Tuesday, April 28, 2009

Undersea Condominiums

This acrylic painting of a barnacle cluster for my class in Oil and Acrylic painting took me on quite a little side-journey. This is a shell, basically, of calcium carbonate like all shells.

Surprisingly, barnacles are not mollusks but a form of arthropod and therefore more closely related to crabs and lobsters. They secrete the substance the their little "towers" are made from, and build them up little by little over time.

The holes in the tops of the little towers are closed using two plate-like structures that close off the openings when the barnacle doesn't wish to be disturbed, like when there's a marauding whelk in the neighborhood. They are opened at feeding time, when food is attracted by waving featherlike appendages to attract plankton into the structure.

The taller the structure (compared to the neighbors) the more plentiful the food. I guess it's good to live in the penthouse, if you're a barnacle.

These guys are pretty busy builders, and will establish whole towns on the underside of a boat if strict zoning ordinances are not enforced.

The shells are fun to paint, though!

Tuesday, April 7, 2009

Fire and Rain

Driving across the valley this afternoon I was stricken by the deep gray of the sky, pierced by one of those rainbows that seem to hurtle straight down, impaled in the earth by some Old Testament heaven. Ancient yet vibrantly transient, it quivered with color and light in the atmosphere just past the horizon.

We had experienced one of those rainstorms that seem impossible in other parts of the country. As it passed over fields of yesterday's hayrows, illuminating neatly baled rectangles still green from the cutting, the stark light from the bright clear sky off to the west threw deeply contrasting shadows on the east and south sides of each bale. The depths of shadows and the brightness of light were irreconcilable within the same picture plane. I remember thinking that if anyone were to paint the scene just the way I'd seen it, no one would ever believe it. They would think it was a complete fantasy-an imaginary landscape with no grounding in nature. No whites could possibly be that bright. No sky at 6:00 PM could be so dark. Hay fields could never be as green. Cut bales would never look as blue.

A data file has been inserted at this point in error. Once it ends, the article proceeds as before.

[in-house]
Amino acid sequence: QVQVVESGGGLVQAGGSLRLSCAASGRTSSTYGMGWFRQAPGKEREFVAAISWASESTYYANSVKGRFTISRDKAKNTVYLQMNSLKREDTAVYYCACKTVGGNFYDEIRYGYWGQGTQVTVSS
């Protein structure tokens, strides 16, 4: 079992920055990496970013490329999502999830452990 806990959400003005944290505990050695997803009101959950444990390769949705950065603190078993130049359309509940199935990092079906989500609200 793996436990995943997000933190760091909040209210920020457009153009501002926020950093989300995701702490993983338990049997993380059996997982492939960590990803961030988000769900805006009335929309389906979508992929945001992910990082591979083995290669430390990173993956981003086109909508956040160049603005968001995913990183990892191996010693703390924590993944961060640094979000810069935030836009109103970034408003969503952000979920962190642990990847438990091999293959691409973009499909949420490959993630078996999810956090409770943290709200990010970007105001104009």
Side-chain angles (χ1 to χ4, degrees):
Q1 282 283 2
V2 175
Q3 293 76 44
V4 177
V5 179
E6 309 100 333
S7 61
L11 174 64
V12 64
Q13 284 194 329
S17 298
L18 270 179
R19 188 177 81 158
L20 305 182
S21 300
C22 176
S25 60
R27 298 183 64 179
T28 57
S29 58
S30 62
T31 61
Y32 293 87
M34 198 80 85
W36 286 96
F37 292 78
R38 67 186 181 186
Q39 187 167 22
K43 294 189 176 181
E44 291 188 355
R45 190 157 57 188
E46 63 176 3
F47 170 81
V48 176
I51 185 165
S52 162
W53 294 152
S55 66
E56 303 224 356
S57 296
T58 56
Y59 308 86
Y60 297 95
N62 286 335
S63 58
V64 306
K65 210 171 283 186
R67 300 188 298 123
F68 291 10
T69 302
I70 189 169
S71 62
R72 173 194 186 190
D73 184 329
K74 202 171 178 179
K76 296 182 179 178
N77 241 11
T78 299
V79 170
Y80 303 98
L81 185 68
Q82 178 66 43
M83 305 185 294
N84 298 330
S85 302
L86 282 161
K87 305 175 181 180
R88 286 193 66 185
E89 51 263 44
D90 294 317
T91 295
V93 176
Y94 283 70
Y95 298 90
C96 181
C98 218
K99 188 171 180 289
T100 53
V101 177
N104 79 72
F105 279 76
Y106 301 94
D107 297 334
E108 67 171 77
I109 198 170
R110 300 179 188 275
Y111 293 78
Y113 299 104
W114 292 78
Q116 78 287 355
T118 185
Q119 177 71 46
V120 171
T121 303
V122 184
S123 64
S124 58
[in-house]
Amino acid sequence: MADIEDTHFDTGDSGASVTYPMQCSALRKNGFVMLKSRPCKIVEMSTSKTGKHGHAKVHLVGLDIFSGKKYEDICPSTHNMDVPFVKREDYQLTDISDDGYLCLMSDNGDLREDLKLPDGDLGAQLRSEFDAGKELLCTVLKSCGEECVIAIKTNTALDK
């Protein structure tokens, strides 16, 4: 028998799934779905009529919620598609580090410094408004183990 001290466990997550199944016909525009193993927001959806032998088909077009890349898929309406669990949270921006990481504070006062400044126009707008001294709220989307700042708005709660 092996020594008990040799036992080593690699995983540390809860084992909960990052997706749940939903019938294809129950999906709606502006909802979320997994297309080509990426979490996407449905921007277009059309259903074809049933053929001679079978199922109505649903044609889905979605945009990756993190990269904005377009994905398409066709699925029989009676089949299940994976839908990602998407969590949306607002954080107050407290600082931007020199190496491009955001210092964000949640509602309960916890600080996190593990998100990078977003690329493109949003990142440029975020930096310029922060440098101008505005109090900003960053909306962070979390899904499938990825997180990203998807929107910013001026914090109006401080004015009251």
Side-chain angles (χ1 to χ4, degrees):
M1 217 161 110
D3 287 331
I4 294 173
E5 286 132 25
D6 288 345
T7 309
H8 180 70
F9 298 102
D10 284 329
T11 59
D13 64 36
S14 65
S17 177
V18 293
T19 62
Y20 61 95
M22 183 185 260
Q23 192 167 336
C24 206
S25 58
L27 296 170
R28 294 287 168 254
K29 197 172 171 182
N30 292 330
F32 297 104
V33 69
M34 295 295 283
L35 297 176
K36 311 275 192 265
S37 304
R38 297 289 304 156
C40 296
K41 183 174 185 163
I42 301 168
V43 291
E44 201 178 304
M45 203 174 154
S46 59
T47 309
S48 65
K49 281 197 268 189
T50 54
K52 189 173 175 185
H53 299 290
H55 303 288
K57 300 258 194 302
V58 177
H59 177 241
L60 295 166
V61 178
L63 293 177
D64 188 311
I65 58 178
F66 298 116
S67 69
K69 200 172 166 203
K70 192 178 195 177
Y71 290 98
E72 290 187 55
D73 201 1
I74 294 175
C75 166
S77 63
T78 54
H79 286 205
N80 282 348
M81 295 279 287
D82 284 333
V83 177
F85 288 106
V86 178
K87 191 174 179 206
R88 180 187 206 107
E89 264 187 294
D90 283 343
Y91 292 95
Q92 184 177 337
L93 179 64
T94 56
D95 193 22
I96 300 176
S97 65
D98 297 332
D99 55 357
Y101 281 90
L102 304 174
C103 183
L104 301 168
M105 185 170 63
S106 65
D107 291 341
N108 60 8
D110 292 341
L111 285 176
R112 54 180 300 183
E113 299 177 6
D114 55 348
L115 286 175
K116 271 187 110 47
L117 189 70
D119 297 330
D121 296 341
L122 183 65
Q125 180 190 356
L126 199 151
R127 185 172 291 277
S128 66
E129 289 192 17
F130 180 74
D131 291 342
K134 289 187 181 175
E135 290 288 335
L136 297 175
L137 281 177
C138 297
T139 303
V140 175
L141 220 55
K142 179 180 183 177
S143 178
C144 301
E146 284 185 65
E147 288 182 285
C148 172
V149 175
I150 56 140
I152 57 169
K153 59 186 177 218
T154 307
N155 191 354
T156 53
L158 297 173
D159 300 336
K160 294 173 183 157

It is now late in the evening and as I write the world is softly wet and the skies are once again calm. Tomorrow the sun will shine as it does so pervasively in California and the hay bales will be yellow. We will have lost our sense of awe and we will wonder if it was only our imagination that turned the hay bales blue in the gray day when the storm made the rainbow stab the earth at the end of the freeway.

Tomorrow we will not need to turn on our windshield wipers or bother to wonder if the heavens will impale the fields with another rainbow spear. We will resume being Californians, accustomed to the pervasive sunshine.

Wednesday, April 1, 2009

Oak trees out in the northern California hills.

Cesar Chavez Day

It hardly seems fair that almost all California farm workers had to work today while many of us in the state got to enjoy the holiday named for Cesar Chavez, who tried to organize them and get them living wages.

I got to paint today. I got to be grateful to live in California and see parts of the state I'd never seen before, and I give thanks for the people who grow our food and stood up for all farm workers of all countries.

I got to eat locally grown grapefruit, apples, onions, eggplant, and peppers today. This is an amazing state, a place of bounty, where every newly plowed field is acres of promises awaiting fulfillment. I give thanks for daily bread and the hands that prepared it, and even more thanks for the hands that protect those farm workers who still struggle with various forms of oppression.